(Reuters) – Amazon.com Inc on Thursday forecast first-quarter sales below Wall Street estimates as new regulations in India created uncertainty around one of its key growth markets, even as the online retailer reported record holiday sales and profit.
Shares of the company fell more than 5 percent to $1,623.90 after the bell, sliding as company officials discussed expenses on a conference call with analysts.
Amazon posted a 63 percent jump in net income to $3 billion for the fourth quarter, ahead of analysts’ estimates. Sales rose 20 percent, and a record number of shoppers signed up for the company’s loyalty club Prime in the fourth quarter. Revenue for Amazon Web Services, the company’s lucrative cloud computing business, surged 45 percent.
Amazon has used fast shipping and exclusive online television shows to attract shoppers, helping maintain its edge as the world’s largest online retailer even as competition from rivals like Walmart Inc intensifies. Fees merchants pay Amazon to ship and advertise their products have fattened the company’s once-thin profit margins.
Yet investors turned their attention abroad where Amazon has long lost money in the hopes of future profit. Though its operating loss shrunk to $642 million in the quarter from $919 million a year earlier, new regulations in India may hurt Amazon. The rules aim to protect local businesses by disallowing foreign e-commerce companies from selling products via vendors in which they have an equity interest.
Brian Olsavsky, Amazon’s chief financial officer, said on a call with reporters, the “situation in India is a bit fluid right now.”
“There’s a bit of uncertainty,” he said, adding that Amazon’s goal is to minimize the impact on its customers and sellers. “India remains a good long-term opportunity,” he said.
The company began removing a wide array of products from its India website late on Thursday to comply with the new foreign investment curbs that kick in on Feb. 1, Reuters reported.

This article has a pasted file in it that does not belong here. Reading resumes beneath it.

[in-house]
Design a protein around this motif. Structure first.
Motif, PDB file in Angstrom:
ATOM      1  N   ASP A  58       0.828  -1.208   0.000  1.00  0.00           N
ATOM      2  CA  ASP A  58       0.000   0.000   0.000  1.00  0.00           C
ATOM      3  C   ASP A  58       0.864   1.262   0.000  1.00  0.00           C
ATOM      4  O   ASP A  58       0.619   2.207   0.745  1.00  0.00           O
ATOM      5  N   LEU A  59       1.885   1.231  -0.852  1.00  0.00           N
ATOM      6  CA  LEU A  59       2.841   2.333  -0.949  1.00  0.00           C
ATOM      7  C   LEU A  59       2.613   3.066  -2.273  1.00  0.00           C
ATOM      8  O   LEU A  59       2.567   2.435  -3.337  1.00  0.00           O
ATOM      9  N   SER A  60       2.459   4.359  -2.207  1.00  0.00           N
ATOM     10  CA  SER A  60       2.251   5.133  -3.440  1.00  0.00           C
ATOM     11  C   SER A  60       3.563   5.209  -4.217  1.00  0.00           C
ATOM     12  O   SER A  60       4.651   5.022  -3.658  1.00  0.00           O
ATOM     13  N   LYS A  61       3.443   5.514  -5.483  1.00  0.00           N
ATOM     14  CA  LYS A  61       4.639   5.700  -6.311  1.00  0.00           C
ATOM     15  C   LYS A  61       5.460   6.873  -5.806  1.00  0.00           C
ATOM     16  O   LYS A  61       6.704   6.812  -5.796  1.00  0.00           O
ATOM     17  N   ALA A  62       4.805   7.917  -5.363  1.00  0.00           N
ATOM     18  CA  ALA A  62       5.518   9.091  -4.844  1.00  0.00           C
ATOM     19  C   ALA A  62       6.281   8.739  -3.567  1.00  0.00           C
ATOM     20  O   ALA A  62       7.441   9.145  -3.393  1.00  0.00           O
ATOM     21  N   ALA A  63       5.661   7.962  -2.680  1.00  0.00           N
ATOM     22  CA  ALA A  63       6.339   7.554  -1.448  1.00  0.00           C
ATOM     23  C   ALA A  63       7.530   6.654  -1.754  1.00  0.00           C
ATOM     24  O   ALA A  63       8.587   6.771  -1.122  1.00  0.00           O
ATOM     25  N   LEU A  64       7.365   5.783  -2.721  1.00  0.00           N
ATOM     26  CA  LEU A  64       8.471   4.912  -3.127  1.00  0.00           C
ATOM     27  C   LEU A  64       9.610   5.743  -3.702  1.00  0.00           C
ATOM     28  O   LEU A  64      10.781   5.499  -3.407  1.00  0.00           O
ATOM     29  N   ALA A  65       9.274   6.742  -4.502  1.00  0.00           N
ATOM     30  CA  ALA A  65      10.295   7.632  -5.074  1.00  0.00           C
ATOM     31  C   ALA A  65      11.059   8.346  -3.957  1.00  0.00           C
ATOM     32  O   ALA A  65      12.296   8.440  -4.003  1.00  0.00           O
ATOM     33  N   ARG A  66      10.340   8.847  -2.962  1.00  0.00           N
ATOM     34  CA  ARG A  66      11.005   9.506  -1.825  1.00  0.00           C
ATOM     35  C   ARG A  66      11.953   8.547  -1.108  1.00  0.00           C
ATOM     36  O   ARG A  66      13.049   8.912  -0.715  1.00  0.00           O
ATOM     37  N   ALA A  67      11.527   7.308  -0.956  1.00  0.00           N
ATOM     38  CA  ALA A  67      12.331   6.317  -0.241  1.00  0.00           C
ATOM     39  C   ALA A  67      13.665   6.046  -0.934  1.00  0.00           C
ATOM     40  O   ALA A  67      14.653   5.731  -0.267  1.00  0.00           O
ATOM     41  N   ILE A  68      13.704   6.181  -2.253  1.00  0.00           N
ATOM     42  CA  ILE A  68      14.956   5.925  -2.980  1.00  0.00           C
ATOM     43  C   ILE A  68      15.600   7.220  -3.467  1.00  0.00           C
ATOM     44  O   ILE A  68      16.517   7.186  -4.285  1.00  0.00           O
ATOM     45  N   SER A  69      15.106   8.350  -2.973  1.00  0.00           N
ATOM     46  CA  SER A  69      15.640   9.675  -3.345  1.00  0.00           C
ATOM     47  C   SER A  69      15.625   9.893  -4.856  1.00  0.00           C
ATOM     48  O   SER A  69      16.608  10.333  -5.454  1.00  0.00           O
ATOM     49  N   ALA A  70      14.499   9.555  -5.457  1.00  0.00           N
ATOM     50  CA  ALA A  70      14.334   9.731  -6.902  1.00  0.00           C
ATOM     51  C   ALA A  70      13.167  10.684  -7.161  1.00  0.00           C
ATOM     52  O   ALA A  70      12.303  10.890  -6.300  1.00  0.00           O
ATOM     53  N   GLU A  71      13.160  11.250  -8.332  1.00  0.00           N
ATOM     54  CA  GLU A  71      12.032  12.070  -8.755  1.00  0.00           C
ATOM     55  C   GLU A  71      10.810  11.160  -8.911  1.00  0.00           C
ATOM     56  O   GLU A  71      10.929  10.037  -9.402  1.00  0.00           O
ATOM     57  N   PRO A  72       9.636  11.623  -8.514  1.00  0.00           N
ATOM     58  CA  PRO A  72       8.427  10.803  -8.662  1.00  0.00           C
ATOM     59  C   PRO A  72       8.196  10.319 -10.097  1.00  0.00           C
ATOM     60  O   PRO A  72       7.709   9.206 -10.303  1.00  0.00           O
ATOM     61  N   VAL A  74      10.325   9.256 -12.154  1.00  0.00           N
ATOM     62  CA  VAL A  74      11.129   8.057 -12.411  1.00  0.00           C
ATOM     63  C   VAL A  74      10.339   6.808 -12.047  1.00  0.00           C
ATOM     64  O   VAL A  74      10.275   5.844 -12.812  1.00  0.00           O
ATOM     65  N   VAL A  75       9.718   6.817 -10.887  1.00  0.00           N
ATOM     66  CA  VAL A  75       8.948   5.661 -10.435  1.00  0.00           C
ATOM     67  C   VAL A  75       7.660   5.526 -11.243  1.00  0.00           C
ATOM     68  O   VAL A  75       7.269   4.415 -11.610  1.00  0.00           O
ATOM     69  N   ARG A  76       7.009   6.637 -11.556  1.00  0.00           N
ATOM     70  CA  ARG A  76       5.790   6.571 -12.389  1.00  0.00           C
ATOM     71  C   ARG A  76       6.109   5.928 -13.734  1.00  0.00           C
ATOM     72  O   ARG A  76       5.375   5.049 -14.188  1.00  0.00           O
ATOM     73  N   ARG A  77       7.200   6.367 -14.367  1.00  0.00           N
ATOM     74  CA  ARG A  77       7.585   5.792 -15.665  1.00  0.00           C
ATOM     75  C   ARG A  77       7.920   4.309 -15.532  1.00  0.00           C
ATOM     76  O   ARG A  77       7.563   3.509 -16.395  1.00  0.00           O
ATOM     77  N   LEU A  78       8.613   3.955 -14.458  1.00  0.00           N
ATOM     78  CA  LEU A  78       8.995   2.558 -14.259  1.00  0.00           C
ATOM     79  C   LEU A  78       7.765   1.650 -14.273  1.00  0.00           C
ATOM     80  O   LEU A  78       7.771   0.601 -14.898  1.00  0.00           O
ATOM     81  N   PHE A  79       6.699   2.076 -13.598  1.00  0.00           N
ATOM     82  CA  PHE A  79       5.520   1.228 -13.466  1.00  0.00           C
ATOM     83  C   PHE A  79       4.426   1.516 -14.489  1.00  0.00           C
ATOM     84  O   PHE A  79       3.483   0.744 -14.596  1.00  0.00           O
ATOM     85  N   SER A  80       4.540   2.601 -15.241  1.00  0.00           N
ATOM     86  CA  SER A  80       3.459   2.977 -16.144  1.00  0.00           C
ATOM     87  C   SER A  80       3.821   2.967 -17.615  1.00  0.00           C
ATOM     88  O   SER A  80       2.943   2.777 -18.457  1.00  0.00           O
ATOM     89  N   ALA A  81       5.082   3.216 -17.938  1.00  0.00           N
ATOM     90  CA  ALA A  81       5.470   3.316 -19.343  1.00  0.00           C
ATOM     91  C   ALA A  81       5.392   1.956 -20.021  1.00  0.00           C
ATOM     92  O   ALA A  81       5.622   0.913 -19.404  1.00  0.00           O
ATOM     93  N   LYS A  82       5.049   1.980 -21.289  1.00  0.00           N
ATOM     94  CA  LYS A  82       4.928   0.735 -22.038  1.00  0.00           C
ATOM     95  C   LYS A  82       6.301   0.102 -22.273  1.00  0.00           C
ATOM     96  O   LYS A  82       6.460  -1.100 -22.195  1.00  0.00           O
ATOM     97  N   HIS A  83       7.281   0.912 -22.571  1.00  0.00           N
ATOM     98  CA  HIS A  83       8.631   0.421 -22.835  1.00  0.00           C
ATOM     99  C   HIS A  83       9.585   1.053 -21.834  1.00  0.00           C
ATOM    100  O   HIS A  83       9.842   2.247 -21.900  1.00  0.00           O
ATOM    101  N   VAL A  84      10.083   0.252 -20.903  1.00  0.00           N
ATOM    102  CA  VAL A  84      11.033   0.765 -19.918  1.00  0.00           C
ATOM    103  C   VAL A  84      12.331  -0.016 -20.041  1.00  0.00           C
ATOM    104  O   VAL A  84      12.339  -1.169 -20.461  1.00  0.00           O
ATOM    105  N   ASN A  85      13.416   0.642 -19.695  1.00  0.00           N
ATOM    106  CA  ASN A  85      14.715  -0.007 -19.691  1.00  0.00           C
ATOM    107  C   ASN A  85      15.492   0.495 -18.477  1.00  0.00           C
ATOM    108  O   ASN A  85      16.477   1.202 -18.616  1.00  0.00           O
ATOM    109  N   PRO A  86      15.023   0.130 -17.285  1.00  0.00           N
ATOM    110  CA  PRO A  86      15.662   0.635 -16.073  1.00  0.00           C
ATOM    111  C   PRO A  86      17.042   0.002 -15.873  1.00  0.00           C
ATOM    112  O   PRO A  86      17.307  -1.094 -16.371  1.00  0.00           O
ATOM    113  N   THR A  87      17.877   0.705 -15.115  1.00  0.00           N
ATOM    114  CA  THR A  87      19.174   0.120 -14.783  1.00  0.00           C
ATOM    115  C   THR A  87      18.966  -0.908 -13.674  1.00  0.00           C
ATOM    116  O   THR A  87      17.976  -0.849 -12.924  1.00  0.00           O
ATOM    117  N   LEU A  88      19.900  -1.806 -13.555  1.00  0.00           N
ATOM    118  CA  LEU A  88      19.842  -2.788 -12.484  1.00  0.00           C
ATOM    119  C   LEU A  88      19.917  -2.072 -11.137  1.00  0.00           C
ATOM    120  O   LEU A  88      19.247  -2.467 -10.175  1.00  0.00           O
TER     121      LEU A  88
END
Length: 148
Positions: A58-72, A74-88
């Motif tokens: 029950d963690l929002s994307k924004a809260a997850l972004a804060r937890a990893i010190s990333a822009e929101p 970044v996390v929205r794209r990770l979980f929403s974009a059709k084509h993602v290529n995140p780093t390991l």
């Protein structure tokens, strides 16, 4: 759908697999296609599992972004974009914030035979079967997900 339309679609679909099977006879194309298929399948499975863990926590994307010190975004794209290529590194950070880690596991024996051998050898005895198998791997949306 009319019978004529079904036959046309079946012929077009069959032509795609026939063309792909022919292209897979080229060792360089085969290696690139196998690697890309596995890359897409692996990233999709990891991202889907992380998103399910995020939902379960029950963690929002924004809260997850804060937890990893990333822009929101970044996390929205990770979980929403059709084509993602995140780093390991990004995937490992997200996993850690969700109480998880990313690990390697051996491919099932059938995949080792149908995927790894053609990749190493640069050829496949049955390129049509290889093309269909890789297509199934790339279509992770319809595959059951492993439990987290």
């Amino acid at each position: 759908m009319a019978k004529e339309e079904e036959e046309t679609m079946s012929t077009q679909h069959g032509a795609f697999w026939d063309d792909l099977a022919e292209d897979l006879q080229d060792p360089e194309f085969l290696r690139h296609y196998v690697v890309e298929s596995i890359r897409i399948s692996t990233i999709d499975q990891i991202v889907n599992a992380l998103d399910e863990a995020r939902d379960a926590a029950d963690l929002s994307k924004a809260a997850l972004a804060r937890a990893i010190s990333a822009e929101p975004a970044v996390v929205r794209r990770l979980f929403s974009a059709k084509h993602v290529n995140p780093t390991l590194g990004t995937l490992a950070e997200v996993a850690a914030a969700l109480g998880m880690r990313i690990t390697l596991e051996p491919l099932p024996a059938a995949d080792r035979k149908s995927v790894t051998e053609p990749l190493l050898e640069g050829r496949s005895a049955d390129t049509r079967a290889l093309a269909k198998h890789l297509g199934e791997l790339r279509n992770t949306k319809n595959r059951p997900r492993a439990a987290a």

“The issues in India are taking a toll on the Q1 outlook, even as growth overall slows domestically,” said Colin Sebastian, an analyst at Baird Equity Research. “Not a bad report, but there are enough questions where (the) stock will likely be under pressure.”
The company forecast net sales of between $56 billion and $60 billion for the first quarter, missing analysts’ average estimate of $60.77 billion, according to IBES data from Refinitiv.
The guidance includes two percentage points of negative impact from changes in currency exchange rates, Olsavsky said.
Olsavsky also stressed that 2018 was light on investments relative to prior years, and he said that spending on the company’s Prime Video service would increase in 2019 – already at an annual $5 billion, Reuters previously reported. Olsavsky declined to provide further guidance on expenses.
He also said that the operating profit margin for Amazon Web Services would move around a bit. Revenue for the unit was $7.43 billion, beating estimates of $7.26 billion.
Overall, net sales for the fourth quarter were $72.38 billion and beat analysts’ average estimate of $71.87 billion on the back of a strong holiday season, which includes the major U.S. shopping event Black Friday.
The results demonstrate that Amazon continued its “relentless assault” on other retailers over Christmas, Nicholas Hyett, Equity Analyst at Hargreaves Lansdown, said.
Amazon said tens of millions of shoppers signed up for Prime during the season, helping boost revenue from subscription fees 25 percent to $4.0 billion. The company has more than 100 million Prime members globally.
This expansive customer base has lured merchants to sell goods on the company’s marketplace, to the point where more than half of products sold on Amazon come from third parties.
Making Amazon more profitable still are ad sales. The company now ranks alongside Alphabet Inc’s Google and Facebook Inc as titans in marketing, letting these same merchants pay for high placement in Amazon’s search results.
Ad sales and “other” revenue jumped 95 percent to $3.4 billion in the fourth quarter.
Reporting by Arjun Panchadar in Bengaluru and Jeffrey Dastin in San Francisco; Editing by Anna Driver and Lisa Shumaker